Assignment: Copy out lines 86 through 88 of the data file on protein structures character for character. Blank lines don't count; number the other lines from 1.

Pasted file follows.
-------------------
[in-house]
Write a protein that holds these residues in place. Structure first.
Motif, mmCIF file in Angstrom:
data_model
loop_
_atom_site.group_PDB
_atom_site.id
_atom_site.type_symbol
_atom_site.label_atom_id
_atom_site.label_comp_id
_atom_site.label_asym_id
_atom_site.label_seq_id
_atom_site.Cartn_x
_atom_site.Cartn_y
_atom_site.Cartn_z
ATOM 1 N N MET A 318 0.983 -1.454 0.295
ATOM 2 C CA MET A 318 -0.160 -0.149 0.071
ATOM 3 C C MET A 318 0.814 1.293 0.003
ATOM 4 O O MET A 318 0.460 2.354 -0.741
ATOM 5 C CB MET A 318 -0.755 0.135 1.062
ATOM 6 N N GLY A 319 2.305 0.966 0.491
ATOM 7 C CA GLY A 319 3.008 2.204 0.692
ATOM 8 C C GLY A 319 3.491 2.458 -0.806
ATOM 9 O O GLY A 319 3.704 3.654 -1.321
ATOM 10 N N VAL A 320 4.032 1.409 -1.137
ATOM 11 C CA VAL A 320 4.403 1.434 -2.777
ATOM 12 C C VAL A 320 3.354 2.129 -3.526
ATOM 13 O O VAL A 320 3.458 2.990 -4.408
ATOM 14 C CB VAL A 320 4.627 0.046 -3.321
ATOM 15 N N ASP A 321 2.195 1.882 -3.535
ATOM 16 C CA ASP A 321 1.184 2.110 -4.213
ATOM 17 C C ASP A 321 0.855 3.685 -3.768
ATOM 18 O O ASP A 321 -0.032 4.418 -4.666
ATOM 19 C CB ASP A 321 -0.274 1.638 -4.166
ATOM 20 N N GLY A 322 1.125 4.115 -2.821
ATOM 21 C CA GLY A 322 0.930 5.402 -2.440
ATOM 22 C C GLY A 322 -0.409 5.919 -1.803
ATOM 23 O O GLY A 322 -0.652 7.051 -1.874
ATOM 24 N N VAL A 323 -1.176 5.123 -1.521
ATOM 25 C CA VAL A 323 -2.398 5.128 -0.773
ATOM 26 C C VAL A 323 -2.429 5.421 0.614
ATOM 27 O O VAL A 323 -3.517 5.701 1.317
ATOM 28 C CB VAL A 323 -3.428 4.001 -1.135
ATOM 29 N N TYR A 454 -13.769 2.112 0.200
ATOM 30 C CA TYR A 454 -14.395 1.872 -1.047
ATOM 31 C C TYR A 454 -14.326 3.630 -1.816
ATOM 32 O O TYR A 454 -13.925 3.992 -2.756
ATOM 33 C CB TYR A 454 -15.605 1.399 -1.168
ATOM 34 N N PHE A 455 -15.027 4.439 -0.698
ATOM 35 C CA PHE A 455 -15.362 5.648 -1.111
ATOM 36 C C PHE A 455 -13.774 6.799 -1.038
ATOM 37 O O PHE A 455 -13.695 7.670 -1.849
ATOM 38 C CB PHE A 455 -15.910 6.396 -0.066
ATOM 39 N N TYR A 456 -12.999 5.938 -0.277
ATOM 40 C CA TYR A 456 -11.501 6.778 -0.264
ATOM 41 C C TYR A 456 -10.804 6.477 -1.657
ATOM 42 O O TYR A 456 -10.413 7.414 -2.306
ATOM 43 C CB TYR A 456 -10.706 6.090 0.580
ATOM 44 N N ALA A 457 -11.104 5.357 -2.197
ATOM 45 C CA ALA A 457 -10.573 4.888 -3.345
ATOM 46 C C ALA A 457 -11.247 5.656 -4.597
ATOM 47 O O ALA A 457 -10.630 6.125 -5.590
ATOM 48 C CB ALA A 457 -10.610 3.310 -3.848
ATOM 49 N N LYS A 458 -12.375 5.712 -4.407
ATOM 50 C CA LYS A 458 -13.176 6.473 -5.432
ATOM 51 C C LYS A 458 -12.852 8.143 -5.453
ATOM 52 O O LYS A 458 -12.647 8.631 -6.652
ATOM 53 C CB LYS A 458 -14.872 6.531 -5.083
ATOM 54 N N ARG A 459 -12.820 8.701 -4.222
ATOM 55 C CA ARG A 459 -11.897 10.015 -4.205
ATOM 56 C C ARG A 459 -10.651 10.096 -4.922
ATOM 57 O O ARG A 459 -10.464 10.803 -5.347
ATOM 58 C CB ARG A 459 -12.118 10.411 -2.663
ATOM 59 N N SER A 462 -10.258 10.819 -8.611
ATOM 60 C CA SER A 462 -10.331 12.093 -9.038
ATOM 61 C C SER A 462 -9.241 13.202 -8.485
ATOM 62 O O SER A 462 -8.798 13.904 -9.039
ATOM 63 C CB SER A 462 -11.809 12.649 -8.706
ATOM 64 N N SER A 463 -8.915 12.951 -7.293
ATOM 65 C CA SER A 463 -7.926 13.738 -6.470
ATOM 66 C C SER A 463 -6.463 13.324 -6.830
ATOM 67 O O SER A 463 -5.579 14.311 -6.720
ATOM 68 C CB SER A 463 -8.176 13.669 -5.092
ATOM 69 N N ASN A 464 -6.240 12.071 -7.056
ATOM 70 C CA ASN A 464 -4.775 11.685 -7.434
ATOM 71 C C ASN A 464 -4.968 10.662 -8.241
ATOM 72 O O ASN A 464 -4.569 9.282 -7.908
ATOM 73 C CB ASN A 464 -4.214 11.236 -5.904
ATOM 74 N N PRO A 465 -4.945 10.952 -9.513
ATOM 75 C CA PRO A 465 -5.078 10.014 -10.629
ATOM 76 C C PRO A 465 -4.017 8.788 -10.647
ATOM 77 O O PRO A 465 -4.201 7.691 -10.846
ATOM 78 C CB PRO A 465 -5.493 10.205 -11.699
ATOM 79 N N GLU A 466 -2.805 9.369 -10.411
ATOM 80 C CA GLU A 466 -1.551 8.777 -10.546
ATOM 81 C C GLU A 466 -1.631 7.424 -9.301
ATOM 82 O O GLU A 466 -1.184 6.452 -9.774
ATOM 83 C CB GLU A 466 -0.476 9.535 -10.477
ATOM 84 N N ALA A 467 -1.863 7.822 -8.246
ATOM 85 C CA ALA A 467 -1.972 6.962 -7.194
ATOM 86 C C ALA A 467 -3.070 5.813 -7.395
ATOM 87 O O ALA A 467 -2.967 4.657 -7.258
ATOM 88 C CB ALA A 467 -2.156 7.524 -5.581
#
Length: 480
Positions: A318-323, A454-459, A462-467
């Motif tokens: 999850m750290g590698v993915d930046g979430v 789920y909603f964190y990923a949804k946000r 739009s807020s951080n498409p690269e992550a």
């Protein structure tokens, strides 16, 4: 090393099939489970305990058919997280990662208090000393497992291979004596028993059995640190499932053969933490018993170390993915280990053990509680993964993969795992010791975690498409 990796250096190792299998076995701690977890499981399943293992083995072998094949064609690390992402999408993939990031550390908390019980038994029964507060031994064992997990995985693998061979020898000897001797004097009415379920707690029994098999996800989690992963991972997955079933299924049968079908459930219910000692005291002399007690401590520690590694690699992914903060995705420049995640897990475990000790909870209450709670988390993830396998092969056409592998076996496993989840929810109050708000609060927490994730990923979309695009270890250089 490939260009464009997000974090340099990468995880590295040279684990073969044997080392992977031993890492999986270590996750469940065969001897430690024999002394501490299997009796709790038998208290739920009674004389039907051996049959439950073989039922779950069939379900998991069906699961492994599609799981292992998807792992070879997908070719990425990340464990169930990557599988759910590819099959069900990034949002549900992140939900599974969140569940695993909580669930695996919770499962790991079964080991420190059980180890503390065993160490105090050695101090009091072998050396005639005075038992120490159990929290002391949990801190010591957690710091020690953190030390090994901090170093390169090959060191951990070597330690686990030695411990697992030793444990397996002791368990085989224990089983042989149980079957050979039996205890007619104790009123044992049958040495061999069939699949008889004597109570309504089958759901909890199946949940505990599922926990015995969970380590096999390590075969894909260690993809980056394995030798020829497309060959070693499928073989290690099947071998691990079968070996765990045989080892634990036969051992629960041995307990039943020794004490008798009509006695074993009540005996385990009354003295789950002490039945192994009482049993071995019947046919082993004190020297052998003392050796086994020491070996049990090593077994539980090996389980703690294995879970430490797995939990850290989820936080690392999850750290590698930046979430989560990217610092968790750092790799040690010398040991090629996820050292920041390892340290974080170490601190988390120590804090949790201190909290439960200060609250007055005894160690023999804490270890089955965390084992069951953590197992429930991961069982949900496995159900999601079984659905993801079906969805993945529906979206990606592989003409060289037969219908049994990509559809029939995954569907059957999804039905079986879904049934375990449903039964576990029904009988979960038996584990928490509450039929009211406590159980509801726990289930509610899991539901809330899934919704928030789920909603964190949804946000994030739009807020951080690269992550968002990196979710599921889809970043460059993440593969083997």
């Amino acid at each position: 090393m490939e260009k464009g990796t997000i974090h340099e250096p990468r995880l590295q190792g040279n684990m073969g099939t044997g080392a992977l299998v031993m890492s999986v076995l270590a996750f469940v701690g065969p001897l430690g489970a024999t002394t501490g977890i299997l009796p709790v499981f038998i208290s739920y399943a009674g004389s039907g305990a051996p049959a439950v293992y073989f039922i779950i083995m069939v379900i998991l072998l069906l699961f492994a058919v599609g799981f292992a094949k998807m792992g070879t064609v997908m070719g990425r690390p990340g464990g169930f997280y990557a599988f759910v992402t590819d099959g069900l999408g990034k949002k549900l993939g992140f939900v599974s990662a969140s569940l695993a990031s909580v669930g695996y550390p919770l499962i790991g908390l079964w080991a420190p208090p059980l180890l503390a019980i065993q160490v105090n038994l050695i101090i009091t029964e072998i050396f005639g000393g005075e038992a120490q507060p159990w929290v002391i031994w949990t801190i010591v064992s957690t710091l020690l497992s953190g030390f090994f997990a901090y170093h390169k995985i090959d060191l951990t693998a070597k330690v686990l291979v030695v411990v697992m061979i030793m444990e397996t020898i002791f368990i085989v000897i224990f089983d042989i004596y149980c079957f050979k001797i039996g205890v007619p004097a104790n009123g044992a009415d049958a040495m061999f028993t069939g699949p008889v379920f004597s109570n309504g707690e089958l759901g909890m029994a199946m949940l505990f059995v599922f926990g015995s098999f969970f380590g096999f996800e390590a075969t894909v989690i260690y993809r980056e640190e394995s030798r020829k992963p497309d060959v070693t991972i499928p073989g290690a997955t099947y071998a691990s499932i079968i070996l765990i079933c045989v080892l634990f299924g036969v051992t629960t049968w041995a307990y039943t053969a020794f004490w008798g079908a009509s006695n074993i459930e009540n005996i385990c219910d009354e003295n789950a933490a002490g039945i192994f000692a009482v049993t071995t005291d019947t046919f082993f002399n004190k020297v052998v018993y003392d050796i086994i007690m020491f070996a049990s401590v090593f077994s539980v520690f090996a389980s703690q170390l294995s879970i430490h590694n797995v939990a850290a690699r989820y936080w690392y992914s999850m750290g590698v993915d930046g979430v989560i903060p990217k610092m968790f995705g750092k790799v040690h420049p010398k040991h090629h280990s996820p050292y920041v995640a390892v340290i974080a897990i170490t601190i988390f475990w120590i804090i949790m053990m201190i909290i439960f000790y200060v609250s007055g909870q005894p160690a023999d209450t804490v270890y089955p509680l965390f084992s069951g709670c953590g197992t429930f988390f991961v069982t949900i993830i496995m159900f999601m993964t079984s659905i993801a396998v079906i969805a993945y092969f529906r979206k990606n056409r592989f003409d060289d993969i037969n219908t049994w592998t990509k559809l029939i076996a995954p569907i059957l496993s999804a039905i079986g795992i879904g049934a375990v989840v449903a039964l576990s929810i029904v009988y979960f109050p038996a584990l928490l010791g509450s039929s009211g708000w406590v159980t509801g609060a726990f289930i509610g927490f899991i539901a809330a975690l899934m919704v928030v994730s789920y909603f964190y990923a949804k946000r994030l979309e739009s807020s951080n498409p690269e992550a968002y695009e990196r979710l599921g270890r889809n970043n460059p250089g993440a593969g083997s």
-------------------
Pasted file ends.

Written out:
ATOM 71 C C ASN A 464 -4.968 10.662 -8.241
ATOM 72 O O ASN A 464 -4.569 9.282 -7.908
ATOM 73 C CB ASN A 464 -4.214 11.236 -5.904